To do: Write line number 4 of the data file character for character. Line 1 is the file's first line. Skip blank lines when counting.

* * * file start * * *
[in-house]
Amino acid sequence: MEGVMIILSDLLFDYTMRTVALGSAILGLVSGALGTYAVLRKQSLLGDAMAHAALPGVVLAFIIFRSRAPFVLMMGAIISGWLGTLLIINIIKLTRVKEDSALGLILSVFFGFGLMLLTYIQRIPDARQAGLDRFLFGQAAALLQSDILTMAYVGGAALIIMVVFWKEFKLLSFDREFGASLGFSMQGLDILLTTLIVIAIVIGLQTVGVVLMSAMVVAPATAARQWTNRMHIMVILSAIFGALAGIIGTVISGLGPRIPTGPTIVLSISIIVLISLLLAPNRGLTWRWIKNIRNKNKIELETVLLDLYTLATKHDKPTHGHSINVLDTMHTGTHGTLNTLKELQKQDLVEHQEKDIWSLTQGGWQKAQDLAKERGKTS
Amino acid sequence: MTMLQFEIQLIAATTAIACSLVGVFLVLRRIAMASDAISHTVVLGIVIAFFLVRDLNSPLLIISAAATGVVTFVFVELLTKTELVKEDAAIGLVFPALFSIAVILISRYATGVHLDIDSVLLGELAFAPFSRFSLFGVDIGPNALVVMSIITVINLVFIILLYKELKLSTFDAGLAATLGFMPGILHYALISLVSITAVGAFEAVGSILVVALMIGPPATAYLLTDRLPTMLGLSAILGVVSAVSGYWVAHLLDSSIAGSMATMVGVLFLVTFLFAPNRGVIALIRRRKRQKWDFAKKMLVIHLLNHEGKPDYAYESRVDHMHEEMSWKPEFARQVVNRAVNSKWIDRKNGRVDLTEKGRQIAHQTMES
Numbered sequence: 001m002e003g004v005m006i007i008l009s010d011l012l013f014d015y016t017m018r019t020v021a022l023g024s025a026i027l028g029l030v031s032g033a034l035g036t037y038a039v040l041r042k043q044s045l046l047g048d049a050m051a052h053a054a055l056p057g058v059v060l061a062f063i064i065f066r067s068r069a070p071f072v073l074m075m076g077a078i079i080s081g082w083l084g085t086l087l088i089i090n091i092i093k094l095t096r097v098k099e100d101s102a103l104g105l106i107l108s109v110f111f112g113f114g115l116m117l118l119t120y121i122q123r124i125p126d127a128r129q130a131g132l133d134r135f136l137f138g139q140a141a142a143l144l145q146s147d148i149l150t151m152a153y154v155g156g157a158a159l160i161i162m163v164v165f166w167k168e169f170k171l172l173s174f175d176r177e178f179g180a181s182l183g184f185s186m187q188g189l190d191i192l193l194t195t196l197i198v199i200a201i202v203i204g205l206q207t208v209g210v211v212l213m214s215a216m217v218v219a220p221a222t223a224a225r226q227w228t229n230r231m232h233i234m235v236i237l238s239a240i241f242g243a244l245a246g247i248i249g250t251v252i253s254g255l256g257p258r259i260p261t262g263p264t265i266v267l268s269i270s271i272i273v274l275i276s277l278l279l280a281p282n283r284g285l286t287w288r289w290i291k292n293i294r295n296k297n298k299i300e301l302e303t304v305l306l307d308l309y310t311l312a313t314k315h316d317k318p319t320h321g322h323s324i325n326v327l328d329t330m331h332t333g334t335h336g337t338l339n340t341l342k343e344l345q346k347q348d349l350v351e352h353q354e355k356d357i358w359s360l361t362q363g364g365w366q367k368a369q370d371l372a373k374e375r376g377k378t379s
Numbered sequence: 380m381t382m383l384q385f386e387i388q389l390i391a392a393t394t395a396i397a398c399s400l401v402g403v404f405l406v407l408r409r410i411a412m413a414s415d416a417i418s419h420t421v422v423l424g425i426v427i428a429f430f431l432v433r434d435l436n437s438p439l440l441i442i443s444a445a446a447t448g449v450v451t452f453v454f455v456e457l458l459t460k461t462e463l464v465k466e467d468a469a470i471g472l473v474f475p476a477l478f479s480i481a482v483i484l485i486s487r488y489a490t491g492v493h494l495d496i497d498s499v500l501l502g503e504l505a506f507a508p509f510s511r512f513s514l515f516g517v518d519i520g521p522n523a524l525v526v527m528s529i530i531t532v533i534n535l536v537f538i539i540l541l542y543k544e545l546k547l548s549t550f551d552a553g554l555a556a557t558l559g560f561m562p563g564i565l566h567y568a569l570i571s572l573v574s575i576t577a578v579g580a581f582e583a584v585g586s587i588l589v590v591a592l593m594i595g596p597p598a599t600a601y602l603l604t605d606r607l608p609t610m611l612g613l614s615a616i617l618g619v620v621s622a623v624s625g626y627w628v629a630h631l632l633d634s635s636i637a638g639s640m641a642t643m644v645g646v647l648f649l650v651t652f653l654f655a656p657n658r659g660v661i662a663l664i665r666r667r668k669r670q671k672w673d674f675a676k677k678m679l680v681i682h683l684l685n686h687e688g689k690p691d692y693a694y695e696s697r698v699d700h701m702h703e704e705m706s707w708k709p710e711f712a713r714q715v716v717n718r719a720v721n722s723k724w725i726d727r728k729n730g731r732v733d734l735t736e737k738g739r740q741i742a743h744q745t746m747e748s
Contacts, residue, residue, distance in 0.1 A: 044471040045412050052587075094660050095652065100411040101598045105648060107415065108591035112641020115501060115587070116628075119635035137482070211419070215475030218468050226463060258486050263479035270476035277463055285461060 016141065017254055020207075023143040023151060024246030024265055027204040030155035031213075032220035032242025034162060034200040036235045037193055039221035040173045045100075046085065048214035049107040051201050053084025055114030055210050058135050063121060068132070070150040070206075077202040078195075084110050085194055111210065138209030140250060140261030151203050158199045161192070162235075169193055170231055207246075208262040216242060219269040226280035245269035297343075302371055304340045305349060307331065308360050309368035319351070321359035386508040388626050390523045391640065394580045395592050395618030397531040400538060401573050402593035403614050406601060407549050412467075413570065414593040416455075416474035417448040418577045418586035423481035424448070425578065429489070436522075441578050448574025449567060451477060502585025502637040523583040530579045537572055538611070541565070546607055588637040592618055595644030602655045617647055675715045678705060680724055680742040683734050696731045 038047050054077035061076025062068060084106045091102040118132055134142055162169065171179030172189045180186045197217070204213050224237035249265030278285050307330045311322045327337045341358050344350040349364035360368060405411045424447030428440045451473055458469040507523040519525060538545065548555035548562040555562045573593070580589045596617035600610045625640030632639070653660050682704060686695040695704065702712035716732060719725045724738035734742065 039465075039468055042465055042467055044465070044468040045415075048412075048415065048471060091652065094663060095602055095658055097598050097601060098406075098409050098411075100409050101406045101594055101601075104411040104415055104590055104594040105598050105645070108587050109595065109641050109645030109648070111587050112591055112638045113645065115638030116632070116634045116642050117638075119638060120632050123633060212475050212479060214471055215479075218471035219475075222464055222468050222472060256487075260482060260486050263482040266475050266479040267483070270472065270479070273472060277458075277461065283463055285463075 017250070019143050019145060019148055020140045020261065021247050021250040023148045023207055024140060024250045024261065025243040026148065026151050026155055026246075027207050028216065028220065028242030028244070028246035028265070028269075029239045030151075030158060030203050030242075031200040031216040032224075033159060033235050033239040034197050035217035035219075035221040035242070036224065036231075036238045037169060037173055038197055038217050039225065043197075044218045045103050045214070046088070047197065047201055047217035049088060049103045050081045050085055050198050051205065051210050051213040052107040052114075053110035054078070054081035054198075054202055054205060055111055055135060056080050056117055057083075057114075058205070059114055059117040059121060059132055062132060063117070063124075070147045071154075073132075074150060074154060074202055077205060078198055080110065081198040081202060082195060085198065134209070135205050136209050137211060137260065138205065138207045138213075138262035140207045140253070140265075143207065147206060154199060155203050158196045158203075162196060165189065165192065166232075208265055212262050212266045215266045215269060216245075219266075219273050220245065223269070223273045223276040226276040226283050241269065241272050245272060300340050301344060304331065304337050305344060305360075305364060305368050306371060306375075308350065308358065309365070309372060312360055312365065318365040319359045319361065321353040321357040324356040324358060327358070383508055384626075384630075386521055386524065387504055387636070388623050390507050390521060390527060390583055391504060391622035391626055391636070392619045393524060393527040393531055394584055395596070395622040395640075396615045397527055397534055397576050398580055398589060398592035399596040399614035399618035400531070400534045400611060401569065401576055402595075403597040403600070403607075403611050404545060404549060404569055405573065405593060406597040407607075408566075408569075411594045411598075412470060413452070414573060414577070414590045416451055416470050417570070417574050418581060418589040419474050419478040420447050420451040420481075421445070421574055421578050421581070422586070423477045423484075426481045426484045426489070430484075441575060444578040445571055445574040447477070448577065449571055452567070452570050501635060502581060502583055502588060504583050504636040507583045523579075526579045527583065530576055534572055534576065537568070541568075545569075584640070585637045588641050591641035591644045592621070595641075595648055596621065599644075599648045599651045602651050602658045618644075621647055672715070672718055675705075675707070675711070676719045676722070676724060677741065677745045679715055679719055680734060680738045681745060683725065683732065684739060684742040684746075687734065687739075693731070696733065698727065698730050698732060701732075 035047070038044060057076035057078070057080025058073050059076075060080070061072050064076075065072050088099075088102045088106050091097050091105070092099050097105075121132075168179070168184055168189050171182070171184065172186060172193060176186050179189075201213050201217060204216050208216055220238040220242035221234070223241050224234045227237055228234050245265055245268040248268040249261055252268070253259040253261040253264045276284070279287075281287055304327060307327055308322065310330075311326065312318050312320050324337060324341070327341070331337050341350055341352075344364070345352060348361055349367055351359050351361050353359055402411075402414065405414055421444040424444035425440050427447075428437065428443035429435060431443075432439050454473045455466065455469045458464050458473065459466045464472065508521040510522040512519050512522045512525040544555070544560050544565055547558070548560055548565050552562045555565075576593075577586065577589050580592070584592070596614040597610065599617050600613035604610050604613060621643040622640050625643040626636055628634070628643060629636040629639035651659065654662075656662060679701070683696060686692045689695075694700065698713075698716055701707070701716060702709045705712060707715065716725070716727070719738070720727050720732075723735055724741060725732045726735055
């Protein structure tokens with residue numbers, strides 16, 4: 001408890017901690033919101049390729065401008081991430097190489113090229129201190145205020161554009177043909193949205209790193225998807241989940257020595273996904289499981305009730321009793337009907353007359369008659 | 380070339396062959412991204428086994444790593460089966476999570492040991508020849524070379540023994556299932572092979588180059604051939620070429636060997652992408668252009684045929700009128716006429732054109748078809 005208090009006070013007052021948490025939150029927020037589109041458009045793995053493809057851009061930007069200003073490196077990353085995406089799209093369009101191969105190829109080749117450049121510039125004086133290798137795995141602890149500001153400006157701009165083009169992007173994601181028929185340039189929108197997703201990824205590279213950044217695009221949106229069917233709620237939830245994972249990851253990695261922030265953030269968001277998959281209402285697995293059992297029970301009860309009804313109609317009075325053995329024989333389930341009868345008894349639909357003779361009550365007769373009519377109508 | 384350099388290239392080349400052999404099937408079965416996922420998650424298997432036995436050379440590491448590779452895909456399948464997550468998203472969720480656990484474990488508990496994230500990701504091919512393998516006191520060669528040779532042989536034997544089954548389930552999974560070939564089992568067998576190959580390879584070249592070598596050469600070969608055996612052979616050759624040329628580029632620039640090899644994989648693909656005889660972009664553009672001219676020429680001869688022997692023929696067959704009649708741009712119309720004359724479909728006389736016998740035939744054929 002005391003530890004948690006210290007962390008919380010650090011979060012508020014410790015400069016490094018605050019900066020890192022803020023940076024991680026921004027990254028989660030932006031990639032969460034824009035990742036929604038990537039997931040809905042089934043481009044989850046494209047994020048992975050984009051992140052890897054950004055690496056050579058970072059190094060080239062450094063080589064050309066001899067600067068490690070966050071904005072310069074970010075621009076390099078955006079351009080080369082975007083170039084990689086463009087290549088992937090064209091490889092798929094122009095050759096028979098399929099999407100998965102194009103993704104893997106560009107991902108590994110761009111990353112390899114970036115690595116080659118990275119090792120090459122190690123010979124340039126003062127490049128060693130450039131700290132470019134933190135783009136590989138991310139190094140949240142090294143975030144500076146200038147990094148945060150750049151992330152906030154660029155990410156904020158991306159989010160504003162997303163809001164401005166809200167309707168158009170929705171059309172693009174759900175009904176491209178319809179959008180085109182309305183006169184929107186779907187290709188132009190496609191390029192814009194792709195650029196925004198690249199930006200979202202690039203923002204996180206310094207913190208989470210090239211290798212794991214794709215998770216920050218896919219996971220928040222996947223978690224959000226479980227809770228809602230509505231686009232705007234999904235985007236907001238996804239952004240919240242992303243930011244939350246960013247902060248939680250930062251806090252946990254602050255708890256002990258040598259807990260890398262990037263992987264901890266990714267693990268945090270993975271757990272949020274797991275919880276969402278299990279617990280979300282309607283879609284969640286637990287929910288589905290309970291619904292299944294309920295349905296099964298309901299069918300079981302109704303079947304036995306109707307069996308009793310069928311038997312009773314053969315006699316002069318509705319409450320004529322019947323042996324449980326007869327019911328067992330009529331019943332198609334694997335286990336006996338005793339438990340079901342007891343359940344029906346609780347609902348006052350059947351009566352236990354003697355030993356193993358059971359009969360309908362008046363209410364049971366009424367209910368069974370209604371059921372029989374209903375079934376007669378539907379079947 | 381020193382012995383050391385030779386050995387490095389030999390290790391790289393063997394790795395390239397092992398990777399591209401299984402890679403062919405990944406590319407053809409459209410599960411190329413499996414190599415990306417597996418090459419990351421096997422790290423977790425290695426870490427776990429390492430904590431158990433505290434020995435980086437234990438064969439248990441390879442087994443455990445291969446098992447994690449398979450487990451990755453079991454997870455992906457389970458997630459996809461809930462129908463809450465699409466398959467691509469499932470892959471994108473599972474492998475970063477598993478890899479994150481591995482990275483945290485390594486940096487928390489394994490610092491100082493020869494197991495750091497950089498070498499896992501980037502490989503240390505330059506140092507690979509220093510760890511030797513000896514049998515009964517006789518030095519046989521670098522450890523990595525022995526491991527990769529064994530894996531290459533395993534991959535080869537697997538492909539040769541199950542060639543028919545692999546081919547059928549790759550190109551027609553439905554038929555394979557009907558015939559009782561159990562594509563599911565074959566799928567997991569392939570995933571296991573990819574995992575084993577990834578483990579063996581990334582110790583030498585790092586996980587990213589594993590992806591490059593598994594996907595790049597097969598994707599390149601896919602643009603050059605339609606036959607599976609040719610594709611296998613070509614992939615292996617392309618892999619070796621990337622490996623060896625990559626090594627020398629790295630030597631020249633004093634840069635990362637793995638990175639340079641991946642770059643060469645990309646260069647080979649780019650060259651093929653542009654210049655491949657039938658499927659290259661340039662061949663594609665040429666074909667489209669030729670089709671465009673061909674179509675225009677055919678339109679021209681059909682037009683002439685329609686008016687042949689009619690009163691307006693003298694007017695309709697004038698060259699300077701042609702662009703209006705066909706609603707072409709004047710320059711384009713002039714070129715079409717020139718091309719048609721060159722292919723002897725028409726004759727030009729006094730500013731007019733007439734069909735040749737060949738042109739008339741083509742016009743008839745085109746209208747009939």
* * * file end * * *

Numbered sequence: 001m002e003g004v005m006i007i008l009s010d011l012l013f014d015y016t017m018r019t020v021a022l023g024s025a026i027l028g029l030v031s032g033a034l035g036t037y038a039v040l041r042k043q044s045l046l047g048d049a050m051a052h053a054a055l056p057g058v059v060l061a062f063i064i065f066r067s068r069a070p071f072v073l074m075m076g077a078i079i080s081g082w083l084g085t086l087l088i089i090n091i092i093k094l095t096r097v098k099e100d101s102a103l104g105l106i107l108s109v110f111f112g113f114g115l116m117l118l119t120y121i122q123r124i125p126d127a128r129q130a131g132l133d134r135f136l137f138g139q140a141a142a143l144l145q146s147d148i149l150t151m152a153y154v155g156g157a158a159l160i161i162m163v164v165f166w167k168e169f170k171l172l173s174f175d176r177e178f179g180a181s182l183g184f185s186m187q188g189l190d191i192l193l194t195t196l197i198v199i200a201i202v203i204g205l206q207t208v209g210v211v212l213m214s215a216m217v218v219a220p221a222t223a224a225r226q227w228t229n230r231m232h233i234m235v236i237l238s239a240i241f242g243a244l245a246g247i248i249g250t251v252i253s254g255l256g257p258r259i260p261t262g263p264t265i266v267l268s269i270s271i272i273v274l275i276s277l278l279l280a281p282n283r284g285l286t287w288r289w290i291k292n293i294r295n296k297n298k299i300e301l302e303t304v305l306l307d308l309y310t311l312a313t314k315h316d317k318p319t320h321g322h323s324i325n326v327l328d329t330m331h332t333g334t335h336g337t338l339n340t341l342k343e344l345q346k347q348d349l350v351e352h353q354e355k356d357i358w359s360l361t362q363g364g365w366q367k368a369q370d371l372a373k374e375r376g377k378t379s